In a move that makes perfect sense -- and cents -- Google's (NASDAQ:GOOG) personal finance portal is cranking out text ads from its contextually relevant Google AdWords platform.

In other words, looking up a quote on regional amusement park operator Cedar Fair (NYSE:FUN) will bring up all of the analytical candy that investors typically get from the site, along with a boxed-in ad for theme park tickets. Punch in Roomba maker iRobot's (NASDAQ:IRBT) ticker symbol, and you'll get an ad for a blowout sale on robotic vacuum cleaners.

It's a no-brainer move for Google. If any audience can sympathize with a company's pursuit of monetizing Web traffic it has to be the stock-savvy Google Finance crowd.

Google Finance rolled out the ads yesterday.

Is it a case of lousy timing? With the financial services sector getting slammed, potentially drying up the ad dollars of institutions that would normally jump at the chance to reach Google Finance users, it may appear that the dot-com behemoth is unfashionably late here.

Not so fast. (NASDAQ:TSCM) posted an 18% gain in online ad revenue this past quarter. Online revenue at Bankrate (NASDAQ:RATE) shot up a stratospheric 95% in the third quarter.

In other words, this is a great time for Google Finance to take the tarp off. Even noninvestors are hungry for personal finance news these days, and Google Finance is there to handle the likely surge in traffic. If advertisers aren't desperate enough to outbid one another, Google can simply make it up in volume.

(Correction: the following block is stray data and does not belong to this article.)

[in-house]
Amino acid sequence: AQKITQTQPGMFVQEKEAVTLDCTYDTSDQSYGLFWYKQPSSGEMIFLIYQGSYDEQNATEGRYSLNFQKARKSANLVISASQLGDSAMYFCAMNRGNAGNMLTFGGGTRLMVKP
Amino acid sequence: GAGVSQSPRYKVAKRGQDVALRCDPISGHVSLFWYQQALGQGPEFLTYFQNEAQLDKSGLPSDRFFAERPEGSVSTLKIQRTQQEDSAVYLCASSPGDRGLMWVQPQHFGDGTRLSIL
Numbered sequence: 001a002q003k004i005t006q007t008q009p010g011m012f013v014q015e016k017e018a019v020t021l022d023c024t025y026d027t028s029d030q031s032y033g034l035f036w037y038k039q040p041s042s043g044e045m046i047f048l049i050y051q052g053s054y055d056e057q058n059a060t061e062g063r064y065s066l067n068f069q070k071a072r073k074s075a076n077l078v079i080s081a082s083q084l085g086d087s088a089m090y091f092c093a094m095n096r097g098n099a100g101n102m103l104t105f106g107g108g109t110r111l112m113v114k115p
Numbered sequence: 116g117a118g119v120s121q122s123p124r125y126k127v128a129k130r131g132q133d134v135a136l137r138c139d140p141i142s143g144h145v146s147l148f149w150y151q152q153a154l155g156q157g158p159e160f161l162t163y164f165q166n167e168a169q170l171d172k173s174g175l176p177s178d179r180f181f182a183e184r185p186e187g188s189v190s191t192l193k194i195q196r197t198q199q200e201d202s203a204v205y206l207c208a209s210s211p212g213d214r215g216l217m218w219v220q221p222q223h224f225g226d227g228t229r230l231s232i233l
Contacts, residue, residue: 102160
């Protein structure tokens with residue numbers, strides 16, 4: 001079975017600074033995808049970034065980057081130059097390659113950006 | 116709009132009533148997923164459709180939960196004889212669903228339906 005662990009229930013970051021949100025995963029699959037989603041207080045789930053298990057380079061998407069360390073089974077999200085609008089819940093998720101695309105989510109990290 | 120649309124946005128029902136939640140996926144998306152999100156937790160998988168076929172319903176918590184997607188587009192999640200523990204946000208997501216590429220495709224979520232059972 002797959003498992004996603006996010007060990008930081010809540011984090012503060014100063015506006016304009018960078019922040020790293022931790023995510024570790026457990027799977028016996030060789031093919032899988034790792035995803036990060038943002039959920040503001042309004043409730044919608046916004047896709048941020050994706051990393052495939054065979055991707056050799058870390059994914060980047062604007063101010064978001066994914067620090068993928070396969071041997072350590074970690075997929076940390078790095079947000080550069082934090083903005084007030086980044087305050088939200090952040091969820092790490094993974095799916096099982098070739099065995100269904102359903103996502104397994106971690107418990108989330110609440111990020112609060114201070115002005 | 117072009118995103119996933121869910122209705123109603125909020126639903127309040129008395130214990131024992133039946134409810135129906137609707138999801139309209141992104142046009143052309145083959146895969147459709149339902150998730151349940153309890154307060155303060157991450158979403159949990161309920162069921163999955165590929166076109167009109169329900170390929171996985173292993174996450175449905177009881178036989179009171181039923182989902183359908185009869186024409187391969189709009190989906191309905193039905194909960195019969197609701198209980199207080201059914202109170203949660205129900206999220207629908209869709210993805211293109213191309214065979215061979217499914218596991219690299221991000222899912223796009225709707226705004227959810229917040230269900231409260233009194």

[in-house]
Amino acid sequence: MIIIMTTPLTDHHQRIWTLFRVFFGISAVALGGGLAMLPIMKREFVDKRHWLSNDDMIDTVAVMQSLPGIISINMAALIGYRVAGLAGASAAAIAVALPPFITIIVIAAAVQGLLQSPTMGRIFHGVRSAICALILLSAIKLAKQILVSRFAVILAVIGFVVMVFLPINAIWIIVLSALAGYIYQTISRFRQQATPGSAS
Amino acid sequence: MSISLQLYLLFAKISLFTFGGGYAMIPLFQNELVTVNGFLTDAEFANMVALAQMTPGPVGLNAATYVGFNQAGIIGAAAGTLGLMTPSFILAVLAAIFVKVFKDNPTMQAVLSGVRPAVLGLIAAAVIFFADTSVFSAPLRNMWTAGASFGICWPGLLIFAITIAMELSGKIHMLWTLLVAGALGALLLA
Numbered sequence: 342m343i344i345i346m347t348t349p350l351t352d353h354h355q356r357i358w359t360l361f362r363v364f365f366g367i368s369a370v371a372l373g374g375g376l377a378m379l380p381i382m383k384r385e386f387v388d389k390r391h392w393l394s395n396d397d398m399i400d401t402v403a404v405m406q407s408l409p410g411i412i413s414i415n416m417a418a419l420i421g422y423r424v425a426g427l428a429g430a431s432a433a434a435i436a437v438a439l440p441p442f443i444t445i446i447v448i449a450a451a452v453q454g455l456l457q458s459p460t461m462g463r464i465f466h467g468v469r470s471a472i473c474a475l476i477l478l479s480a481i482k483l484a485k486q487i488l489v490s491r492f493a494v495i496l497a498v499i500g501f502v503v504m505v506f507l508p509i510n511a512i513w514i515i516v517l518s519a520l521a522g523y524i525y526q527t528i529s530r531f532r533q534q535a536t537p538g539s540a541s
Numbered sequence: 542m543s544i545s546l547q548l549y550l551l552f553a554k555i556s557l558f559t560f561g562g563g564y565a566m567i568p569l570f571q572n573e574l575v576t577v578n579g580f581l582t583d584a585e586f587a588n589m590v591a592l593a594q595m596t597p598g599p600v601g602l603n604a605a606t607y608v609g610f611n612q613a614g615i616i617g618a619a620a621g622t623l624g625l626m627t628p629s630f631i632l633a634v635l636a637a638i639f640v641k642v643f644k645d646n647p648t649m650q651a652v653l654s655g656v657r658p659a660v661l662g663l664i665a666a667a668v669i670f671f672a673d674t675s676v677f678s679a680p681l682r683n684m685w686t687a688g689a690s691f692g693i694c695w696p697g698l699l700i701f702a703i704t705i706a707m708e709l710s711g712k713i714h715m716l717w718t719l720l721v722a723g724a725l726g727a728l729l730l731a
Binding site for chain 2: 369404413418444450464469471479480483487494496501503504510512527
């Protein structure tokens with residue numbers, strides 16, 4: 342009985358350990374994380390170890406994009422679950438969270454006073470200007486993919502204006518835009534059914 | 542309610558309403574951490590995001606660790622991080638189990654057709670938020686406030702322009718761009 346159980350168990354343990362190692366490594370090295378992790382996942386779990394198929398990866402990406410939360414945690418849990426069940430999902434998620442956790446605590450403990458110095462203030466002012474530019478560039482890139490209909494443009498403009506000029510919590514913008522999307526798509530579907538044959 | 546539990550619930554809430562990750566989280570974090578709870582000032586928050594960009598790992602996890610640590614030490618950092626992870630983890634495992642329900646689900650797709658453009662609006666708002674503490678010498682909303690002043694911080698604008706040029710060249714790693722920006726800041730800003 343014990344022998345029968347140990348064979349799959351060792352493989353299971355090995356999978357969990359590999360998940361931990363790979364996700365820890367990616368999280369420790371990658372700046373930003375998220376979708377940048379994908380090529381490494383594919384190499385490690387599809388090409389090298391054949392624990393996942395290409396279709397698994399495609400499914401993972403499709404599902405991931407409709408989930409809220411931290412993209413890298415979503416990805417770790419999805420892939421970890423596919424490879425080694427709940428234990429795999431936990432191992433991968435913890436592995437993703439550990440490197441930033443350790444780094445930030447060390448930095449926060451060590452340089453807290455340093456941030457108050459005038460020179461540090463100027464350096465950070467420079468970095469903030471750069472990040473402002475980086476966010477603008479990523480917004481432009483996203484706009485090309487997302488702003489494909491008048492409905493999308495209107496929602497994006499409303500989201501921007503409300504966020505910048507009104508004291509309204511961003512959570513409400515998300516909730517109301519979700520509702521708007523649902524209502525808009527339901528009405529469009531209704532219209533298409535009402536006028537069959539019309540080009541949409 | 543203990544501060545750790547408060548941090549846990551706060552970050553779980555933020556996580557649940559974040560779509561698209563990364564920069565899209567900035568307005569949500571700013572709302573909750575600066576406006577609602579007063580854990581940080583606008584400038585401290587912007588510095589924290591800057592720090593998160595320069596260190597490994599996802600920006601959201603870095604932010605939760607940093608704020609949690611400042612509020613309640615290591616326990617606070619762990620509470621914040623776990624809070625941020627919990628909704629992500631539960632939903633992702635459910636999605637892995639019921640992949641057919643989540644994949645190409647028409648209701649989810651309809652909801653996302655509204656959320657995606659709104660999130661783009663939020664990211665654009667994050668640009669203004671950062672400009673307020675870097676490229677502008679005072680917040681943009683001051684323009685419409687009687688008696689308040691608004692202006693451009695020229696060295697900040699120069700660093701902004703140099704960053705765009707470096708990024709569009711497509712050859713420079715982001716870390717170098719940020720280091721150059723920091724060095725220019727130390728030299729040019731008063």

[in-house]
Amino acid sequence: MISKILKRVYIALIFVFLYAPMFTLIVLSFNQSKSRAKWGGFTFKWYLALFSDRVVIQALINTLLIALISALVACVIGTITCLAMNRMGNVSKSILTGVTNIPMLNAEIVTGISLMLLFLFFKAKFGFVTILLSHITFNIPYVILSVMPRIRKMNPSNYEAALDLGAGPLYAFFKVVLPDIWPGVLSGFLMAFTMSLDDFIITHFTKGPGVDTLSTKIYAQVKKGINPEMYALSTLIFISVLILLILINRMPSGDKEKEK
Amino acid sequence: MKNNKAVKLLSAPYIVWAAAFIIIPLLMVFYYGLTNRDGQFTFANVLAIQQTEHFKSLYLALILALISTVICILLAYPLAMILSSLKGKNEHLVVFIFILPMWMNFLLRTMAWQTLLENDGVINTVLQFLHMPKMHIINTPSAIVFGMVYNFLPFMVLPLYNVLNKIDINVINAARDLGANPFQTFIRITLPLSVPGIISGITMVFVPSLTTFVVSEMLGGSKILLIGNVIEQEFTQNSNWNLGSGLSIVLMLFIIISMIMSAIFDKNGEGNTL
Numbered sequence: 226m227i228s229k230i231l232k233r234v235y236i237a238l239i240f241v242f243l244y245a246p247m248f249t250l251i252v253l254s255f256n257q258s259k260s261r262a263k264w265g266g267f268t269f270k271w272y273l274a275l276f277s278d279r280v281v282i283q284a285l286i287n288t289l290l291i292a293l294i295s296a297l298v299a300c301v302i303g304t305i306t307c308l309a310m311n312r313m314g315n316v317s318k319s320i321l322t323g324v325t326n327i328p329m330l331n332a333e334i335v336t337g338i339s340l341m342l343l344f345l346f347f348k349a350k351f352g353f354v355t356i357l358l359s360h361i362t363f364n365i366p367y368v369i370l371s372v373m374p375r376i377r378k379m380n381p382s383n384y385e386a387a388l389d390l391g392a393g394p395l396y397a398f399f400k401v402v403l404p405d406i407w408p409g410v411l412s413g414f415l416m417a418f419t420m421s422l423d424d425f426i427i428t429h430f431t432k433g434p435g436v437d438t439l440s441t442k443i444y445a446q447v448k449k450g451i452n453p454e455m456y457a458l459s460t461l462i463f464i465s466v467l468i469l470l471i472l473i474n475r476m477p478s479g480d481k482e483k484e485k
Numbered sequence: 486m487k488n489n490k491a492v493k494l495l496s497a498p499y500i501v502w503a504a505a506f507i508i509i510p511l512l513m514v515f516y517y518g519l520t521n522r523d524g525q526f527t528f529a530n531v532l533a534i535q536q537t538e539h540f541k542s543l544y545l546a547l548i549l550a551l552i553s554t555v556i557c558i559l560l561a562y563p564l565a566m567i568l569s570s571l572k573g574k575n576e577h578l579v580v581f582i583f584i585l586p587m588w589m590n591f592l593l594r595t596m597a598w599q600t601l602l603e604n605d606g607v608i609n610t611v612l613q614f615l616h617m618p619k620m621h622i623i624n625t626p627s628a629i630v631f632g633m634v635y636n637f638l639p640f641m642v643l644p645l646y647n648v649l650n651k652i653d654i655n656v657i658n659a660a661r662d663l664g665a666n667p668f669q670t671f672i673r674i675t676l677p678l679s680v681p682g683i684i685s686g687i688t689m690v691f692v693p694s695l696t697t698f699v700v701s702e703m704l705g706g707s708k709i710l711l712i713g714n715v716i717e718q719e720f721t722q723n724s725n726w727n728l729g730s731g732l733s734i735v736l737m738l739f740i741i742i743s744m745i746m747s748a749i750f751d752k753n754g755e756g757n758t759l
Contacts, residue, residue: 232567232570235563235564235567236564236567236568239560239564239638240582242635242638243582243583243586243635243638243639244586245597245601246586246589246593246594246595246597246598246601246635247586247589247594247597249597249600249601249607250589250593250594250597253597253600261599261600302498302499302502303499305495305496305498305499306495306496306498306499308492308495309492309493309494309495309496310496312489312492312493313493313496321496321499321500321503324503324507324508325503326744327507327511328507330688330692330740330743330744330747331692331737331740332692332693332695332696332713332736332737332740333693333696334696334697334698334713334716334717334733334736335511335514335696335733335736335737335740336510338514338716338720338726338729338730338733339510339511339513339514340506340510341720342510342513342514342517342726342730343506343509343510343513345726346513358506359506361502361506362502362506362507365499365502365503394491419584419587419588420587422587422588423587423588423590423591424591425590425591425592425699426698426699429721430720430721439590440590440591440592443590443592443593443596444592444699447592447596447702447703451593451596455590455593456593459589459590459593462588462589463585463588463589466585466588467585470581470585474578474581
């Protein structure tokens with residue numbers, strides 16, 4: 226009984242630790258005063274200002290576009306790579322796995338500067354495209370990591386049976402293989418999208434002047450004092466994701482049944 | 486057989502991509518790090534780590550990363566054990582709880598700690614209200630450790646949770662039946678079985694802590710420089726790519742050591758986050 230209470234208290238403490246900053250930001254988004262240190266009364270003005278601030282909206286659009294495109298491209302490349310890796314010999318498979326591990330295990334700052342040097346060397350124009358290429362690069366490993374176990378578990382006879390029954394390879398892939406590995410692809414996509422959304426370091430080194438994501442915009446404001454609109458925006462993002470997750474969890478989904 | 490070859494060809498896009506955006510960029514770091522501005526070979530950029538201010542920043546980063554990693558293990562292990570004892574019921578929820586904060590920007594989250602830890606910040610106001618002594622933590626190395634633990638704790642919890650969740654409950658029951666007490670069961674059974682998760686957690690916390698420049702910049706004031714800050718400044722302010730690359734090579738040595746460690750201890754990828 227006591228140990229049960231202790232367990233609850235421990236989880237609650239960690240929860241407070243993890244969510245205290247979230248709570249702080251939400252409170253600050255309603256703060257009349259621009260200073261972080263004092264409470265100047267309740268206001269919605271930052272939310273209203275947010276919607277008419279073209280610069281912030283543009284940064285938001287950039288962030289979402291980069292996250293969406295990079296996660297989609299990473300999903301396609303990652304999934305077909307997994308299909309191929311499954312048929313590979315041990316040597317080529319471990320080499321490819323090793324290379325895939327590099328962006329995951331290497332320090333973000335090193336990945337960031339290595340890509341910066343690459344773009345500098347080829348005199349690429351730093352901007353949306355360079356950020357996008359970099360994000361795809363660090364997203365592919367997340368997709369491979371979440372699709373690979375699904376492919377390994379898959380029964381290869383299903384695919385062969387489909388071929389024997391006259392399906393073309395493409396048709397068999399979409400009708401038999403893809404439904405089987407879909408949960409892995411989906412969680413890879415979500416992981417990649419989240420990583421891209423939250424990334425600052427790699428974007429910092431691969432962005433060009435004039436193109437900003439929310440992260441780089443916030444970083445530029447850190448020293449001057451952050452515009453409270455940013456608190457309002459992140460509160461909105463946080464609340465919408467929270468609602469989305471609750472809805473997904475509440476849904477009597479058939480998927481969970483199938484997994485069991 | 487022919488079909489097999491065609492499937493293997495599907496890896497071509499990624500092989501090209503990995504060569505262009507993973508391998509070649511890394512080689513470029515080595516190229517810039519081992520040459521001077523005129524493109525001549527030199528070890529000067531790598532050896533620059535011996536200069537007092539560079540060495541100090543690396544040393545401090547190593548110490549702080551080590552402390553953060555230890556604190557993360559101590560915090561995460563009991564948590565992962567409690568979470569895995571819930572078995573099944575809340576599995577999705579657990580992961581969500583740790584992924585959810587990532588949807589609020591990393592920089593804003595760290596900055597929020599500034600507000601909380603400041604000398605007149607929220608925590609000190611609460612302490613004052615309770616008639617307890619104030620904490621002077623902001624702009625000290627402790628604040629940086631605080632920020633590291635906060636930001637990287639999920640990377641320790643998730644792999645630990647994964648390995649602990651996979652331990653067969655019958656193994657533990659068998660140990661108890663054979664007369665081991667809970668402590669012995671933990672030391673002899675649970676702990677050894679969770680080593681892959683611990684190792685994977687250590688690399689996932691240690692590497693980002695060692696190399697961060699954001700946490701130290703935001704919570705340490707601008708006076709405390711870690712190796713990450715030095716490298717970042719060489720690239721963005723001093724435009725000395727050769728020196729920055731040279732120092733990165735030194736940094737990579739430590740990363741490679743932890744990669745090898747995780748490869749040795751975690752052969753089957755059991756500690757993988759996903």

Yahoo! (NASDAQ:YHOO) has been monetizing its popular Yahoo! Finance portal for years, but it relies mostly on display advertising. It is Yahoo!'s marketing strength, but I doubt it will be as effective as what Google Finance is doing. Whether I'm checking on a quote for Cedar Fair or iRobot, Yahoo! Finance spits back a predictable assortment of ads for discount brokers and credit card companies. Google's approach makes more sense. If I'm an investor in Cedar Fair -- which I am -- there's a "fair" chance that I also like to frequent amusement parks (which I do). An iRobot shareholder may not be in the market for a new Roomba, but checking up on sale prices for holiday gifting purposes or simply to gauge the marketplace makes sense.

It all adds -- or ads -- up for Google.

Other Google Finance musings:

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Longtime Fool contributor Rick Munarriz is a huge fan of Google and it would be his home page if it weren't for taking up that piece of real estate. He does not own shares in any of the stocks in this story, save for units of Cedar Fair. Rick is part of the Rule Breakers newsletter research team, seeking out tomorrow's ultimate growth stocks a day early. The Fool has a disclosure policy.